An American dentist who refused her son to have braces was diagnosed with an infection of the brain and died on Monday, three years after she was arrested on charges of illegally exporting a deadly disease.
Nasim, 43, was taken into custody in October after a health inspector found the young boy had an infection on his brain that was causing brain swelling, according to the US Drug Enforcement Administration (DEA).
Nasir, who was born in India and was the first of his three children to grow up in the United States, had been a dental hygister in Michigan for 20 years.
He died of complications of the infection, according the US Attorney’s office for the Eastern District of Michigan.
Naseem, the son of a dental surgeon, had also been diagnosed with the same disease.
The child’s father told local media that his son was in critical condition.
Nasin was also charged with selling counterfeit drugs and possession of marijuana.
She was released on $3,000 bail on Monday.
Her attorney, Michael Schmitz, told local ABC affiliate WDIV that his client was not aware of any criminal charges against her and that she had worked at her clinic for 10 years.
“This is not a case where she had been convicted or charged with any crime,” he said.
Nasem was the latest in a string of high-profile US dental professionals to have their practice raided by authorities.”
The charges against Ms Nasim have nothing to do with her business or her profession, she is a professional and she has worked in this profession for decades.”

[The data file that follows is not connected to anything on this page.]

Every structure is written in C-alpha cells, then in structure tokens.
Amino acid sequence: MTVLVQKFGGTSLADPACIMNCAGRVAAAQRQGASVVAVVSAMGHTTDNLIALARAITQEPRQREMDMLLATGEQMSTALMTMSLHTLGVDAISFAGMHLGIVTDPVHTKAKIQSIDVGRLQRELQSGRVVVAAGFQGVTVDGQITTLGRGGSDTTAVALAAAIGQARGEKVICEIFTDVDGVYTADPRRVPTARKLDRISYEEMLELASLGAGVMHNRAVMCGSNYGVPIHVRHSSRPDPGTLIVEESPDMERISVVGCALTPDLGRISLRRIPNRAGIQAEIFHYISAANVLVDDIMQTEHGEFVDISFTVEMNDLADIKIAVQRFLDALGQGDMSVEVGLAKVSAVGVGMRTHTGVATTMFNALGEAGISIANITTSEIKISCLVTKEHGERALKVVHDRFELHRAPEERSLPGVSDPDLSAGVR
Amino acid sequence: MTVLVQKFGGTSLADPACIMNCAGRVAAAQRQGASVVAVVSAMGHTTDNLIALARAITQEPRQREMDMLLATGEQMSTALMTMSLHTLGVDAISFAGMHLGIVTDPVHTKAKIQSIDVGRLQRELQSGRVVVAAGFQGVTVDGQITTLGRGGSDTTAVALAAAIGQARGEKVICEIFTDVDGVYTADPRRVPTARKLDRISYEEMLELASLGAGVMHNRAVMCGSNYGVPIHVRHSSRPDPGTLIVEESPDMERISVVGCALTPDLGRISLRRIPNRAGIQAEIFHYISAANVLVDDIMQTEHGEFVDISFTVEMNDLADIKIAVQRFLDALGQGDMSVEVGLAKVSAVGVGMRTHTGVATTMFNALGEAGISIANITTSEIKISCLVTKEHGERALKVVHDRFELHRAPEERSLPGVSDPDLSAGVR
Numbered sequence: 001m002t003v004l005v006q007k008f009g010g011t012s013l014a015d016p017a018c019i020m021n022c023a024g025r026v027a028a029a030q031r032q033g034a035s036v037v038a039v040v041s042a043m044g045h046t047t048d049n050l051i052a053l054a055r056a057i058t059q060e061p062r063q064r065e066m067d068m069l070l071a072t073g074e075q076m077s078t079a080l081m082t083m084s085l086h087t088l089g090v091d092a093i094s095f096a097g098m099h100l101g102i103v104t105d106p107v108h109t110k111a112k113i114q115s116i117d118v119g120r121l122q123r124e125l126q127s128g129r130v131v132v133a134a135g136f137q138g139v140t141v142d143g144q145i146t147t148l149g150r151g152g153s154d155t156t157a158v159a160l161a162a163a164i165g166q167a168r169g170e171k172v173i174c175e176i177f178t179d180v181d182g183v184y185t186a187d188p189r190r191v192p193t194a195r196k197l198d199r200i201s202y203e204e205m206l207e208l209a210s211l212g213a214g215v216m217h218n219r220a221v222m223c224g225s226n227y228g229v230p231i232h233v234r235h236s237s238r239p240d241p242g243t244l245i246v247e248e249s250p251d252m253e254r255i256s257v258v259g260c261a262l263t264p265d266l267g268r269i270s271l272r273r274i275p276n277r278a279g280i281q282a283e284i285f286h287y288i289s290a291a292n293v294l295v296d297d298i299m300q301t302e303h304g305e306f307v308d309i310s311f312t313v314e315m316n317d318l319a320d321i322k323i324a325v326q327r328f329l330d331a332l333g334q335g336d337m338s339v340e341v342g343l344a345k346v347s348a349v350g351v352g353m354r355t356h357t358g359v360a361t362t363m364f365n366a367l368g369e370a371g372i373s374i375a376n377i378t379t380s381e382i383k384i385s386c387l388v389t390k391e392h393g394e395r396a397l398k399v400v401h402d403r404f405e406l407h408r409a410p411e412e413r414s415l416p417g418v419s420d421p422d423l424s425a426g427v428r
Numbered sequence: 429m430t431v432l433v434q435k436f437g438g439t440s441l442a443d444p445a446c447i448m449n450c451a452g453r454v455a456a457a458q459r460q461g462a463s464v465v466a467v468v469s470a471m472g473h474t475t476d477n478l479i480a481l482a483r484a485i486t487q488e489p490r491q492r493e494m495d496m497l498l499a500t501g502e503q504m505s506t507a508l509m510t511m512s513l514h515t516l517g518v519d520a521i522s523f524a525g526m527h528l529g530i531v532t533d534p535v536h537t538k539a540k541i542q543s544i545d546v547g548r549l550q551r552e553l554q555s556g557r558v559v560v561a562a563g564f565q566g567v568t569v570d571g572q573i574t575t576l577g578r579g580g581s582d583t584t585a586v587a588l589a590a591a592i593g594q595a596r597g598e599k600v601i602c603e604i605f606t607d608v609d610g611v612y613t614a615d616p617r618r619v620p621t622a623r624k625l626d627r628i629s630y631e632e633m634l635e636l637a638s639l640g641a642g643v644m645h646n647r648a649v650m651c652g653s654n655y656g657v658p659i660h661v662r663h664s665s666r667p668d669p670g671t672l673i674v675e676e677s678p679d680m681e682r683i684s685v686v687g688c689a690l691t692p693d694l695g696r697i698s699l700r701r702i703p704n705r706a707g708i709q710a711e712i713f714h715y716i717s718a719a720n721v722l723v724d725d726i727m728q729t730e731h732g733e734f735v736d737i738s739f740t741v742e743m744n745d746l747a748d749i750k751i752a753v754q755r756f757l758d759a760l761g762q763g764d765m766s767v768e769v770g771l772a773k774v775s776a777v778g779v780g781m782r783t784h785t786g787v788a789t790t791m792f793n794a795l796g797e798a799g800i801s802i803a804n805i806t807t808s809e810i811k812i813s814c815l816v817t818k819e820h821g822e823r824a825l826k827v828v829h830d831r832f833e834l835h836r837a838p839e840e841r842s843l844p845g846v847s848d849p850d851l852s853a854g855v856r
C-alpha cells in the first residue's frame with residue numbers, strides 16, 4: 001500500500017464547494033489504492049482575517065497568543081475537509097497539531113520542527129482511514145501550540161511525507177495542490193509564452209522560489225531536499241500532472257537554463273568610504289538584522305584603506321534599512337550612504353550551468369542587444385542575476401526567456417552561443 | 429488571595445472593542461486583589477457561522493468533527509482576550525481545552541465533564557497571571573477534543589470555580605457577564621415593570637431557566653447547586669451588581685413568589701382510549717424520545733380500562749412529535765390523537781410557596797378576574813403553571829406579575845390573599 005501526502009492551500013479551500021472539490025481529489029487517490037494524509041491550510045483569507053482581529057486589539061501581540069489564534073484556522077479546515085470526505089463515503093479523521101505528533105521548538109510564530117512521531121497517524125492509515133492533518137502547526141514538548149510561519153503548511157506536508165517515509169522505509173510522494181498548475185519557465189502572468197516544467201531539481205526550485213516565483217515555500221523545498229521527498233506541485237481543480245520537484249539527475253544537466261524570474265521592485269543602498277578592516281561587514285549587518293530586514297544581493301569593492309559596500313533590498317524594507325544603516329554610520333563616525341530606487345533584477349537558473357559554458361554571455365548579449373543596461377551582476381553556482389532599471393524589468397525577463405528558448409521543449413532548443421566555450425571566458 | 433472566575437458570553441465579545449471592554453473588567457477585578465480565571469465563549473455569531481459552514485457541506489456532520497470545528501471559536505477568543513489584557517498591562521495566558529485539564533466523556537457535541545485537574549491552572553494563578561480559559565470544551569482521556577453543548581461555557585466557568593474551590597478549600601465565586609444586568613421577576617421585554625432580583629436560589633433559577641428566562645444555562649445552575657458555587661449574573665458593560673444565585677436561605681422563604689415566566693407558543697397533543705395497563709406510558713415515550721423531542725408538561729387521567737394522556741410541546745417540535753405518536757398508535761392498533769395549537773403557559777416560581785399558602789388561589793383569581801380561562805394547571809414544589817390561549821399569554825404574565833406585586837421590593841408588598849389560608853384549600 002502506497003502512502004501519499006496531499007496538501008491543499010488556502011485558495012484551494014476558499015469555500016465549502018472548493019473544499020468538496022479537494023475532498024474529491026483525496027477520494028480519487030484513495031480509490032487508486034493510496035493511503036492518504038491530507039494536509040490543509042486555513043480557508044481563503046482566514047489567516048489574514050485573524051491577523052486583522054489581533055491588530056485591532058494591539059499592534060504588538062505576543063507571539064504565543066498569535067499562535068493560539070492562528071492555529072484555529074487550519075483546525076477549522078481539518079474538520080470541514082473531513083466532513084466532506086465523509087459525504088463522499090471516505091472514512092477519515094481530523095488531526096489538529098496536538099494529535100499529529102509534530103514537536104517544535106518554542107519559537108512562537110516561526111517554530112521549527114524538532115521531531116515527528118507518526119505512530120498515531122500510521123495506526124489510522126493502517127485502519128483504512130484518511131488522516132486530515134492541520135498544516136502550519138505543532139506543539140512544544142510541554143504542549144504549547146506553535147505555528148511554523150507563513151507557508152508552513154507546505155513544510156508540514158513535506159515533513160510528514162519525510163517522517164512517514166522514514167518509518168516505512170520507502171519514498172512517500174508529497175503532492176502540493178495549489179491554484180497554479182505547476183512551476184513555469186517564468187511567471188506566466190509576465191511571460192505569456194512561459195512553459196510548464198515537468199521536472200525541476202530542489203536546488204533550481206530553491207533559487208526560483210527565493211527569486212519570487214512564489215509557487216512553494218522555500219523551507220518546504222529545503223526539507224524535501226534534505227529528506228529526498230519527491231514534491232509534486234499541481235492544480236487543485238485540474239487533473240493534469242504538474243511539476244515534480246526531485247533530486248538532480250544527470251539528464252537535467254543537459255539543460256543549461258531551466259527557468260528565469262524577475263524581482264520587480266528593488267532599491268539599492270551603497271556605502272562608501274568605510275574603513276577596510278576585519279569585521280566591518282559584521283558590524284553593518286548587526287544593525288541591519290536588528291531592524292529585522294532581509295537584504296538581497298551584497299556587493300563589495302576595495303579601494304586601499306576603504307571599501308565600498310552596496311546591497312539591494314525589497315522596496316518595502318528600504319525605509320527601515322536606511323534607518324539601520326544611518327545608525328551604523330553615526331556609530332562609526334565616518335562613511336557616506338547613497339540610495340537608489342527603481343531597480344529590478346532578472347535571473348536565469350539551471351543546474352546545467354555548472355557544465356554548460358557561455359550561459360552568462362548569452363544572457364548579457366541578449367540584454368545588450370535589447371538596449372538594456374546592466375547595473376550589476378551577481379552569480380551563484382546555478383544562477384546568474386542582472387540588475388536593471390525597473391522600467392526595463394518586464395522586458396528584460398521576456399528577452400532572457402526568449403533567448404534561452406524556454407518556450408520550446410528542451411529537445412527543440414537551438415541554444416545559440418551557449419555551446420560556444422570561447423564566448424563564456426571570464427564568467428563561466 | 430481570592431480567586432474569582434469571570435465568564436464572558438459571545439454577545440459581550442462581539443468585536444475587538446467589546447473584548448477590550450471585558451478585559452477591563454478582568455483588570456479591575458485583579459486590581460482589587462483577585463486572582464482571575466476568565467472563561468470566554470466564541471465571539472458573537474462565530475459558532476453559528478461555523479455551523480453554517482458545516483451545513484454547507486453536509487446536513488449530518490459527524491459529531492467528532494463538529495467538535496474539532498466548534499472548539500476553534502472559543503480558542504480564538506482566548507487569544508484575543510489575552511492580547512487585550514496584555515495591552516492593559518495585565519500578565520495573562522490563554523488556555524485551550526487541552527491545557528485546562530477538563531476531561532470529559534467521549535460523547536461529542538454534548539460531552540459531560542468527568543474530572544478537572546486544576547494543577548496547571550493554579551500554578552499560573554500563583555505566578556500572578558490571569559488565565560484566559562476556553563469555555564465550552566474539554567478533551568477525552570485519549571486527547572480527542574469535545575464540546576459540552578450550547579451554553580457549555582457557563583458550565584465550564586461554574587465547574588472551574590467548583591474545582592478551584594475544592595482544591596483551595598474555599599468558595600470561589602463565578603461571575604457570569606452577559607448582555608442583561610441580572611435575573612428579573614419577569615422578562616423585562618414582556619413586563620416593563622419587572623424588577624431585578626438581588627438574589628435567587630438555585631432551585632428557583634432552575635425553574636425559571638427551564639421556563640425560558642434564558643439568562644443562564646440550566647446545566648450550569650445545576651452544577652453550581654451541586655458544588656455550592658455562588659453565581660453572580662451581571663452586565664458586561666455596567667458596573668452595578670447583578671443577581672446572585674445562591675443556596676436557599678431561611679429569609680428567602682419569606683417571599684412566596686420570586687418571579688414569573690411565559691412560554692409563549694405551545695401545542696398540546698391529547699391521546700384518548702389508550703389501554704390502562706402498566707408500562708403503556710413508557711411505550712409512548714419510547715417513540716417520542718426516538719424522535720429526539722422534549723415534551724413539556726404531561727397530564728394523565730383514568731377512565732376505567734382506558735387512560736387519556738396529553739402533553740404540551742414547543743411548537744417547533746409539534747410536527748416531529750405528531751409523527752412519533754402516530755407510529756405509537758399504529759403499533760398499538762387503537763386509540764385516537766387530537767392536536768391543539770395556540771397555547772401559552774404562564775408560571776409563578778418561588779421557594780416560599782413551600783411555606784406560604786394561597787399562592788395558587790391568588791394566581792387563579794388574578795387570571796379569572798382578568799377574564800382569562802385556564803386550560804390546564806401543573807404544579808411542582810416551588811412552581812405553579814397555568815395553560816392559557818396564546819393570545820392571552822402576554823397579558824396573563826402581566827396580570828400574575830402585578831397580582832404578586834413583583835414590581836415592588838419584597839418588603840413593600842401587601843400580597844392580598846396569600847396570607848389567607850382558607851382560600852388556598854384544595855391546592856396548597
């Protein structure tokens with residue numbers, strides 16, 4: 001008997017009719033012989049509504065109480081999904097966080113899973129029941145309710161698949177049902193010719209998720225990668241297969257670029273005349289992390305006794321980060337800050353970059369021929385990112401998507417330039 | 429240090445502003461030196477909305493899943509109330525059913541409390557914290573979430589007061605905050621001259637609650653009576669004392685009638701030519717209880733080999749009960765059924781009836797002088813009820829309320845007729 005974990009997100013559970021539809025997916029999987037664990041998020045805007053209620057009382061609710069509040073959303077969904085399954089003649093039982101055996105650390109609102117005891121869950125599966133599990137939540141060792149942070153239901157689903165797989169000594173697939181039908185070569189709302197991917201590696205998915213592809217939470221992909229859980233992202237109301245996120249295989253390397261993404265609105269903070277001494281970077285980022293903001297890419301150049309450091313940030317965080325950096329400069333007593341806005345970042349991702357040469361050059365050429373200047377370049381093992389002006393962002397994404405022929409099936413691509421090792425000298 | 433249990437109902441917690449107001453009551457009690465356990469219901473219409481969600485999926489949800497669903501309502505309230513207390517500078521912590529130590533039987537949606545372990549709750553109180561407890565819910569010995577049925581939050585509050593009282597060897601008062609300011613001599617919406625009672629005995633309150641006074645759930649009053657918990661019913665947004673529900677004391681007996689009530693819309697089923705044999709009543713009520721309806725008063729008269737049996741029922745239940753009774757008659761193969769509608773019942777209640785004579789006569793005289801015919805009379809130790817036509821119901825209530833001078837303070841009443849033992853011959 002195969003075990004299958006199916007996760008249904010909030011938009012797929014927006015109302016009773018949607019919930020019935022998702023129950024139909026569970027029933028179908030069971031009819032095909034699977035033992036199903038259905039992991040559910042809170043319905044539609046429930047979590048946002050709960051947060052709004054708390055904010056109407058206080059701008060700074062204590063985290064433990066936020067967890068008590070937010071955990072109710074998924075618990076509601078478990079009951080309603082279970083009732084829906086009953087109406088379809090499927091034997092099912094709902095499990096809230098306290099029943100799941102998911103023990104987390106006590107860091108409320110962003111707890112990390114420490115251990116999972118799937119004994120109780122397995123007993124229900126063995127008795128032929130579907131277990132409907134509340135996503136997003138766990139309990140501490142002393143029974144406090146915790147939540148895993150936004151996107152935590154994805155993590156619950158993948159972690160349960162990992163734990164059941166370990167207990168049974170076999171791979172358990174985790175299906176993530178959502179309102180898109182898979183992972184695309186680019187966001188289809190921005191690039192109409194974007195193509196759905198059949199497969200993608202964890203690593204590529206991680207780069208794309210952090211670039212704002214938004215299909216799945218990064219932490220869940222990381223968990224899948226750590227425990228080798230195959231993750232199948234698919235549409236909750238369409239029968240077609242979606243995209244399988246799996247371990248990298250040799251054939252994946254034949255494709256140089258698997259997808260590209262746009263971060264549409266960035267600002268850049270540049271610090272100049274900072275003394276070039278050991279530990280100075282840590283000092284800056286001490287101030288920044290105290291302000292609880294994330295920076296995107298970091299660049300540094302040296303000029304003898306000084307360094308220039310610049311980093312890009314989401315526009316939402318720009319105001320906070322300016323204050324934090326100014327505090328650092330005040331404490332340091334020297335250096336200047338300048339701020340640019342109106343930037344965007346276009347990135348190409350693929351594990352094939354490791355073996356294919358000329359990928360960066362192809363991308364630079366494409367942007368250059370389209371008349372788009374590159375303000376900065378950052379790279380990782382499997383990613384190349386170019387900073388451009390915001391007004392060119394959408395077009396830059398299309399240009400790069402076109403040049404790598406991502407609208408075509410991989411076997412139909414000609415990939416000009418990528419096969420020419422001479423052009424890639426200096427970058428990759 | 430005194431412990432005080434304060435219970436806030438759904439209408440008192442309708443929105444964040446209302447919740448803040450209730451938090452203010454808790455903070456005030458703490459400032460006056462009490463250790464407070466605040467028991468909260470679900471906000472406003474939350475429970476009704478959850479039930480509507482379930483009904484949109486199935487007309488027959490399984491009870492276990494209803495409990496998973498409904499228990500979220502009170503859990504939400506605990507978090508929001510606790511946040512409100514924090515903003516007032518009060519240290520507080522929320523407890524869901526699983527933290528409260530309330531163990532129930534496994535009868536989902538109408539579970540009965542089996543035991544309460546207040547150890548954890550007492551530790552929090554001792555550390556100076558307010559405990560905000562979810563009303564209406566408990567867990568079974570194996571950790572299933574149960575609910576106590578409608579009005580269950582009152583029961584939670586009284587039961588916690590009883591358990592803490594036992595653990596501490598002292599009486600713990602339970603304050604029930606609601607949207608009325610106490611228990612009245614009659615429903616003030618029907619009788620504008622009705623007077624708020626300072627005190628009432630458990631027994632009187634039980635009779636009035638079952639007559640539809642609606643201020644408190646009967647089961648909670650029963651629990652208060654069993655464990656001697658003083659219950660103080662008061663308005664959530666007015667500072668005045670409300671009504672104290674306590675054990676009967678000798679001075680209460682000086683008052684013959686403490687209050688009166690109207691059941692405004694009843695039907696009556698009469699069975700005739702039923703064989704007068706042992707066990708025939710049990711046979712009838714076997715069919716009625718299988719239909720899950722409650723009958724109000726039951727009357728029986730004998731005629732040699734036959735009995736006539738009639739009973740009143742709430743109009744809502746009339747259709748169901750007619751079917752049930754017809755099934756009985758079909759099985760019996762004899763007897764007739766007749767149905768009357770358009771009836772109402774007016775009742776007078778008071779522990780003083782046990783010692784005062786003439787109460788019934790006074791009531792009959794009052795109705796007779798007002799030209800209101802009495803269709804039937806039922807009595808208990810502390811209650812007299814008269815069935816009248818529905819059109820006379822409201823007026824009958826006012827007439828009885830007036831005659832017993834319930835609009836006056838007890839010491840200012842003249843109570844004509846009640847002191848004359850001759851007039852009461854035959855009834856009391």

Nasem was the latest in a string of high-profile US dental professionals to have their practice raided by authorities.
Last month, California dentist Dr. David Chao, who had been charged with conspiracy to distribute controlled substances, died of an apparent suicide, his family said.
Chao had been the subject of an undercover DEA investigation.
The case against Nasim has sparked a nationwide debate over the practice of dentistry.
A group of US dentists have called on President Donald Trump to declare the practice a criminal enterprise, arguing that it was creating a market for illegal drugs.
The DEA said it had launched a criminal investigation of Nasim and other dentists involved in the trade.
“Nasims criminal conduct constitutes an unlawful and substantial threat to the public health and safety, and represents a significant threat to public health,” the DEA said in a statement.